I've said it before and I'll say it again. Mike has moved from a budding young author to a powerhouse. He all but carried Bitter EJB (his chapters were easily the best in the book, and his stuff always overdelivered, ahead of schedule). And Dave Thomas/Andy Hunt are building a fantastic line of books, with a clarity, focus and surprisingly consistent voice.

    Kudos to all involved, especially Mike.
  6. Just an important point:
    The is part of the starter series of the pragmatic programmers. Indeed, it has to be focused on starters.

    regards,
    http://www.pragmaticprogrammer.com/starter_kit/index.html
  7. i'm thankful[ Go to top ]

    i'll post the mail i wrote to mike, that should say all.

    ---- mail starts here ----

    hi mike,
    i just received my copy of pragmatic project automation and i just read it cover to cover.
    if the pdf version wasn't available (which i ordered as well, of course) i'd retype every single letter in <put here your editor of choice ;-) just to have a reference on my notebook.
    many thanks from germany for insights into a better world
    rené

    ---- mail ends here ----

    the principles aren't new, and maybe it was written in an afternoon, but
    i don't care. i like the style, the examples are easy to follow and
    i had fun whilst reading.
    i'm coming from the entertainment industry (games to be more specific) and let me assure you, most softwarehouses i worked with are lacking this kind of automated build process, neither did they have heard of TDD.

    a story about my last employer:

    the first time i forced my former coworkers to write unit tests they nearly killed me since this was regarded as, ...well...uncool. my bosses told me something like: don't waste time in automation and don't write tests, the time spent with this crap costs money...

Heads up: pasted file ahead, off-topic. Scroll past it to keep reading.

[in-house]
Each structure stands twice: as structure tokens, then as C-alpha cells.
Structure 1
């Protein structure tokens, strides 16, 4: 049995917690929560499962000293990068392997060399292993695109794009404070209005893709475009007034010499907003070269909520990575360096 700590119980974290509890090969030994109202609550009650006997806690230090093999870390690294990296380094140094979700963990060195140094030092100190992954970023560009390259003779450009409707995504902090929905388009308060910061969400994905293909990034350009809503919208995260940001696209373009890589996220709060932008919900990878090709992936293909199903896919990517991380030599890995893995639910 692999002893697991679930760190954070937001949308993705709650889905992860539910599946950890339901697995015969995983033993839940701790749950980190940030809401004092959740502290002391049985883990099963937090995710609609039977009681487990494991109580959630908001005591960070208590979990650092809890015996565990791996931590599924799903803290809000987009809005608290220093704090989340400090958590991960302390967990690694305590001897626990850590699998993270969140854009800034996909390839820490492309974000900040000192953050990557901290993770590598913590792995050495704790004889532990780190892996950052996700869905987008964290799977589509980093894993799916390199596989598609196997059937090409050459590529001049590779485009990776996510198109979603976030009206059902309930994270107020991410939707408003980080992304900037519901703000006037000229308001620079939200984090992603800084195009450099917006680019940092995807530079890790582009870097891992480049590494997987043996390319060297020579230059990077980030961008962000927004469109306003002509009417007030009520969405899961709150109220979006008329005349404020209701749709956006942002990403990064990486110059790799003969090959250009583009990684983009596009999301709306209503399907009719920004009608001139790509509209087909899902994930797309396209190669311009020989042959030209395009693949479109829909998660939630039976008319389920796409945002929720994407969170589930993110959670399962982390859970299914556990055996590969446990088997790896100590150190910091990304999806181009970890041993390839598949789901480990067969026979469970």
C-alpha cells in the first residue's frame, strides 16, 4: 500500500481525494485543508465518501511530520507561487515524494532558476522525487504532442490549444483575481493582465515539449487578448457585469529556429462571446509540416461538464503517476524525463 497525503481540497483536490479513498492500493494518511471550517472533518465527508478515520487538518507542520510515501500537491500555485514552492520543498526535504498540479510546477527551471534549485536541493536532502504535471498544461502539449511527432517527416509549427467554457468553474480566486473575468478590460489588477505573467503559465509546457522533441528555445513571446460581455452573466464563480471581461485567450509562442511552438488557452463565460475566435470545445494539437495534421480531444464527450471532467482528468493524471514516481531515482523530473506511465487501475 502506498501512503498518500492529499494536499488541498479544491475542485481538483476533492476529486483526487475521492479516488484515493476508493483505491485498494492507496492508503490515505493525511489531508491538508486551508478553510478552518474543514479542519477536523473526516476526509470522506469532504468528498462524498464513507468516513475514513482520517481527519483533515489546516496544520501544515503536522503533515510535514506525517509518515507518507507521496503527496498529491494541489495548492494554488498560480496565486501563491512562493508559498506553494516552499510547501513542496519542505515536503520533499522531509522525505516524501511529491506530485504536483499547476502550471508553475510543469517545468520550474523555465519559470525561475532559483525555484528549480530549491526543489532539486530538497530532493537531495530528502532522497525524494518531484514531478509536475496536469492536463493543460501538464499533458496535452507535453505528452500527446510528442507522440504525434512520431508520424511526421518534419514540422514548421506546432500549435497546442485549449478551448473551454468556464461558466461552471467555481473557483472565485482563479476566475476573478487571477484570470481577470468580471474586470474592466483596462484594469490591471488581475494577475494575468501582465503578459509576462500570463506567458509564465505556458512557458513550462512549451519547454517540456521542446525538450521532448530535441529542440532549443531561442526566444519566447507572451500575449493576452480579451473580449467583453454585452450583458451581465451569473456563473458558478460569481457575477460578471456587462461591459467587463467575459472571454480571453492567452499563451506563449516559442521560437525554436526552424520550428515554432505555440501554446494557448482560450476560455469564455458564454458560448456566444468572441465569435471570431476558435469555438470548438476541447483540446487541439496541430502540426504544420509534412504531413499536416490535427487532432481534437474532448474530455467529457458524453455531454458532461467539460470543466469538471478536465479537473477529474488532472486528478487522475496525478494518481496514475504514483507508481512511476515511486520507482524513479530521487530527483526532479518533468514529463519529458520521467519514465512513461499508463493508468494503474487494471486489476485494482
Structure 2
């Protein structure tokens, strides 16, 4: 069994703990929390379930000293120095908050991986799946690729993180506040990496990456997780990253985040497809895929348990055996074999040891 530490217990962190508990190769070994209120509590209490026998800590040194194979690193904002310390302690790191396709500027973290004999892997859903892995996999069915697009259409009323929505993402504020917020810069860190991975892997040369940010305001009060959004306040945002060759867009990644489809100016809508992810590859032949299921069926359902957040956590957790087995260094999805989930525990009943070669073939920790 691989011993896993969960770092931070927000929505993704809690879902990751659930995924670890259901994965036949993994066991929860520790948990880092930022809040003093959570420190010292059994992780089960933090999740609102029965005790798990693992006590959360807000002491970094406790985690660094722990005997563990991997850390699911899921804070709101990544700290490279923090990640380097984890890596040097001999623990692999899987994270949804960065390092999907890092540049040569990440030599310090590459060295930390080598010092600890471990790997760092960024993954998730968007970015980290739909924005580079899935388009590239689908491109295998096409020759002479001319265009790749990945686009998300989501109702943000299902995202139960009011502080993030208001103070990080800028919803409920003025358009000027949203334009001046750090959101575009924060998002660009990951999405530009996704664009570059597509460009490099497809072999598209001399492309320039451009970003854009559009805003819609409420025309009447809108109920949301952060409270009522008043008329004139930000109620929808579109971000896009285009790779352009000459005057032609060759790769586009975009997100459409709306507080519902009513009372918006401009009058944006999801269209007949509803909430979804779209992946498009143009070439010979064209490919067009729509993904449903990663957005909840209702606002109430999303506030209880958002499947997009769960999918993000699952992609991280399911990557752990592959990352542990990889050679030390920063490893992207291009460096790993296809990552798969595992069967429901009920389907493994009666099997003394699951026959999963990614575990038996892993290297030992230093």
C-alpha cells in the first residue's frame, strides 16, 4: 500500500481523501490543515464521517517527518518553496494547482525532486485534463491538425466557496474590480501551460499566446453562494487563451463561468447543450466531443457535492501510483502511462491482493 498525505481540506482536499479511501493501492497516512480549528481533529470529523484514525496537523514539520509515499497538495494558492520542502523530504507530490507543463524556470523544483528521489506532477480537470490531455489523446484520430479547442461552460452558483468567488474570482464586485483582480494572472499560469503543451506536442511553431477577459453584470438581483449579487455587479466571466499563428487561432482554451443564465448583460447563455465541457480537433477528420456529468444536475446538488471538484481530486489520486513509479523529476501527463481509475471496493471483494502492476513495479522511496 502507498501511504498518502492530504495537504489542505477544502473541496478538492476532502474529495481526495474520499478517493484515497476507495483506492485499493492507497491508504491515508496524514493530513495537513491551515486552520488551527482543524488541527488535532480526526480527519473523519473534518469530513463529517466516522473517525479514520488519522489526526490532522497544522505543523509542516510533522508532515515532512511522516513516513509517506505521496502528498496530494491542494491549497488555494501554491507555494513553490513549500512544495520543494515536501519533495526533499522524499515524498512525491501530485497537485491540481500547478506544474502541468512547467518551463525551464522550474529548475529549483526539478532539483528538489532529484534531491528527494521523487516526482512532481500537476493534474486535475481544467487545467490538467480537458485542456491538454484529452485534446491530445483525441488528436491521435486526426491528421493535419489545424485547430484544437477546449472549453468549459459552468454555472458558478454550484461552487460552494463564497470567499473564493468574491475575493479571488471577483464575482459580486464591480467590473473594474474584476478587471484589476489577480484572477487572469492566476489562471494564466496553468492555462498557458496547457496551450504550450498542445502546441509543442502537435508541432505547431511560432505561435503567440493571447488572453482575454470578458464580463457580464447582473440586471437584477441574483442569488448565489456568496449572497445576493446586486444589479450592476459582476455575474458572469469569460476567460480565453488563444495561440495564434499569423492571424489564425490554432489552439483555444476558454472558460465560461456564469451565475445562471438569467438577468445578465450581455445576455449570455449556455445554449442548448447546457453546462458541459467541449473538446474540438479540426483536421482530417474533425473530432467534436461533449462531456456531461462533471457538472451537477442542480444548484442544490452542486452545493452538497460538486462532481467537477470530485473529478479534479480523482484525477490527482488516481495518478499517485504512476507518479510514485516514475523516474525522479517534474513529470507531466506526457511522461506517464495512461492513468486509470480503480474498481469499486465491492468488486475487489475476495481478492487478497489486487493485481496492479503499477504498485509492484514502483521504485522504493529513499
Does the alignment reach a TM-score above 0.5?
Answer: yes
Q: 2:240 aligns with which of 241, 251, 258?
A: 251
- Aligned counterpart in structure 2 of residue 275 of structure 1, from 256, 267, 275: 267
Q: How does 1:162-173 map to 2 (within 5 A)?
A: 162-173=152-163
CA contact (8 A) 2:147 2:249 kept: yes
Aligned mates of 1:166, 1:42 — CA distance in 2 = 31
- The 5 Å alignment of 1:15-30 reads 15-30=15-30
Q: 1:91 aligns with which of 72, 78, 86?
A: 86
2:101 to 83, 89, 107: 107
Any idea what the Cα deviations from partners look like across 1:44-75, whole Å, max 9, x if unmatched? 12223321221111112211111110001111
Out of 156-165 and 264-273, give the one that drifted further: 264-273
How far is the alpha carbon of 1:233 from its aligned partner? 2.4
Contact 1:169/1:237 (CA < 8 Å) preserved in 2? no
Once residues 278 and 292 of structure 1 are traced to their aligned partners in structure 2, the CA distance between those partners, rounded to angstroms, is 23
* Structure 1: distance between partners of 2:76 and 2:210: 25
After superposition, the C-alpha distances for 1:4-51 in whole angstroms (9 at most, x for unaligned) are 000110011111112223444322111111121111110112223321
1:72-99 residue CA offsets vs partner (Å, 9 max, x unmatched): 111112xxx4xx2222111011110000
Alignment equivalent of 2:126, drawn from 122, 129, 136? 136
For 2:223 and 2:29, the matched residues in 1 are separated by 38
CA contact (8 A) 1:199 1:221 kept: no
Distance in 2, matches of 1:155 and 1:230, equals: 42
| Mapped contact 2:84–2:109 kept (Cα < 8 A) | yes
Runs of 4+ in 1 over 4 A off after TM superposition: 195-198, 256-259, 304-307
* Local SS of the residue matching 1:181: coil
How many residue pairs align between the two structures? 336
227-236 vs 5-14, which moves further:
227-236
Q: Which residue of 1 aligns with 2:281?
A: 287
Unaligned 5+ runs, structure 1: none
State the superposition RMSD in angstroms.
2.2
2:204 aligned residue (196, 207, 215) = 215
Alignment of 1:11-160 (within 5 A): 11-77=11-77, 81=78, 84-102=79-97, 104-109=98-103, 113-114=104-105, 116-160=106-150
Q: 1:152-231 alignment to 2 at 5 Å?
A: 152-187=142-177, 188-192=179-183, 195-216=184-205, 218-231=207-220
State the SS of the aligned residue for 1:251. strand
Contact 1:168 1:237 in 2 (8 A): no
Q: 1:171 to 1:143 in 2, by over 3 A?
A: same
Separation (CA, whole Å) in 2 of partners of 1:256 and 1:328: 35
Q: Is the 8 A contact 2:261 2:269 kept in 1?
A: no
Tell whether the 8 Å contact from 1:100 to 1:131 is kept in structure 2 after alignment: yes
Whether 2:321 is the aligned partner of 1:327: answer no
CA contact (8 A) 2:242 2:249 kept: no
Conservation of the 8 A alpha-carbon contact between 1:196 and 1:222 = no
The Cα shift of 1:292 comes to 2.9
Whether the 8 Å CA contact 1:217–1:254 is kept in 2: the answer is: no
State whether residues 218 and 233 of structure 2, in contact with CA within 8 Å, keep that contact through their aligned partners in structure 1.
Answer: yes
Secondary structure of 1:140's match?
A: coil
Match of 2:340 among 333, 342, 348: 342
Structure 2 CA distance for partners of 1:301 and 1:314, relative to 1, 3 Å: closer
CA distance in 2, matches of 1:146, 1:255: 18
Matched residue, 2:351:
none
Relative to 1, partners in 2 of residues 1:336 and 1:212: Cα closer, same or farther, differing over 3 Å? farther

i left the company after 6 months to work as a freelancer...

    pragmatic project automation will help me to show my clients how useful it is to integrate frequently and how to automate this.
    i will definetly spread the word about this book.

    kind regards
    rené
  8. I'm reading Pragmatic Project Automation right now. It's great! IMHO if you benefited from "Java Tools for Extreme Programming" (Hightower ISBN 047120708X) or "Java Development With Ant" (Hatcher ISBN 1930110588), you’ll like Clark’s book.

    The writing is easy and fun to read. The suggestions are concrete and helpful. The tidbits are plentiful (e.g. http://sourceforge.net/projects/megg).

    I’m surprised that anyone has a bad thing to say about this book.

    It’s my hope that the Pragmatic Programmers will put out more books. Now that the Starter series is here; please publish a Journeyman series.

    Thanks for writing these books! They’re great.
  9. What about Maven[ Go to top ]

    I am surprised to see no mention of Maven.

    How can you write a book about project automation not mentioning one of the most popular Project Management Tools - Maven.
  10. I'd have to second the comment that this book is better suited for beginners. There might be some benefit for an intermediate user, but I'd say if you have set up an automated project and have used ant and cruisecontrol, you'll not find a lot in the book that is new.